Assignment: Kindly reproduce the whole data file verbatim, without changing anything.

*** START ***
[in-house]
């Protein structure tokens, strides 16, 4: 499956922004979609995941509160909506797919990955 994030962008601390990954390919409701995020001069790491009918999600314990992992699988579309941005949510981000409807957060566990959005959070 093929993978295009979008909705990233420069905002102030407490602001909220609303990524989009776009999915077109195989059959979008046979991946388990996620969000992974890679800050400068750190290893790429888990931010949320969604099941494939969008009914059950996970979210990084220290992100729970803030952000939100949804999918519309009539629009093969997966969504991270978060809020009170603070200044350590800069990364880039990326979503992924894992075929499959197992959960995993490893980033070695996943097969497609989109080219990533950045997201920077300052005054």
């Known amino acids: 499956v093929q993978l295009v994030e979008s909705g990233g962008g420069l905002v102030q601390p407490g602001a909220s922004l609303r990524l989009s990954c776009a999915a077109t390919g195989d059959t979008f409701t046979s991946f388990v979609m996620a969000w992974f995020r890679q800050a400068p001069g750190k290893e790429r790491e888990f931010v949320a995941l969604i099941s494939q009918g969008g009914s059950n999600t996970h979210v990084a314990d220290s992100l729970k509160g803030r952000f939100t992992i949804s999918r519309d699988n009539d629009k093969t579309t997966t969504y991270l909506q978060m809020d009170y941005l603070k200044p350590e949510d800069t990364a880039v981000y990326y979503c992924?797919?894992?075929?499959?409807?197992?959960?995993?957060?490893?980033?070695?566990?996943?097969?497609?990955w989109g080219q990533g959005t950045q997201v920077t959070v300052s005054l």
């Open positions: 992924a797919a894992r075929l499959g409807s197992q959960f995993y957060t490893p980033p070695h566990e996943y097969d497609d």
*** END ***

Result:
[in-house]
């Protein structure tokens, strides 16, 4: 499956922004979609995941509160909506797919990955 994030962008601390990954390919409701995020001069790491009918999600314990992992699988579309941005949510981000409807957060566990959005959070 093929993978295009979008909705990233420069905002102030407490602001909220609303990524989009776009999915077109195989059959979008046979991946388990996620969000992974890679800050400068750190290893790429888990931010949320969604099941494939969008009914059950996970979210990084220290992100729970803030952000939100949804999918519309009539629009093969997966969504991270978060809020009170603070200044350590800069990364880039990326979503992924894992075929499959197992959960995993490893980033070695996943097969497609989109080219990533950045997201920077300052005054």
């Known amino acids: 499956v093929q993978l295009v994030e979008s909705g990233g962008g420069l905002v102030q601390p407490g602001a909220s922004l609303r990524l989009s990954c776009a999915a077109t390919g195989d059959t979008f409701t046979s991946f388990v979609m996620a969000w992974f995020r890679q800050a400068p001069g750190k290893e790429r790491e888990f931010v949320a995941l969604i099941s494939q009918g969008g009914s059950n999600t996970h979210v990084a314990d220290s992100l729970k509160g803030r952000f939100t992992i949804s999918r519309d699988n009539d629009k093969t579309t997966t969504y991270l909506q978060m809020d009170y941005l603070k200044p350590e949510d800069t990364a880039v981000y990326y979503c992924?797919?894992?075929?499959?409807?197992?959960?995993?957060?490893?980033?070695?566990?996943?097969?497609?990955w989109g080219q990533g959005t950045q997201v920077t959070v300052s005054l």
């Open positions: 992924a797919a894992r075929l499959g409807s197992q959960f995993y957060t490893p980033p070695h566990e996943y097969d497609d």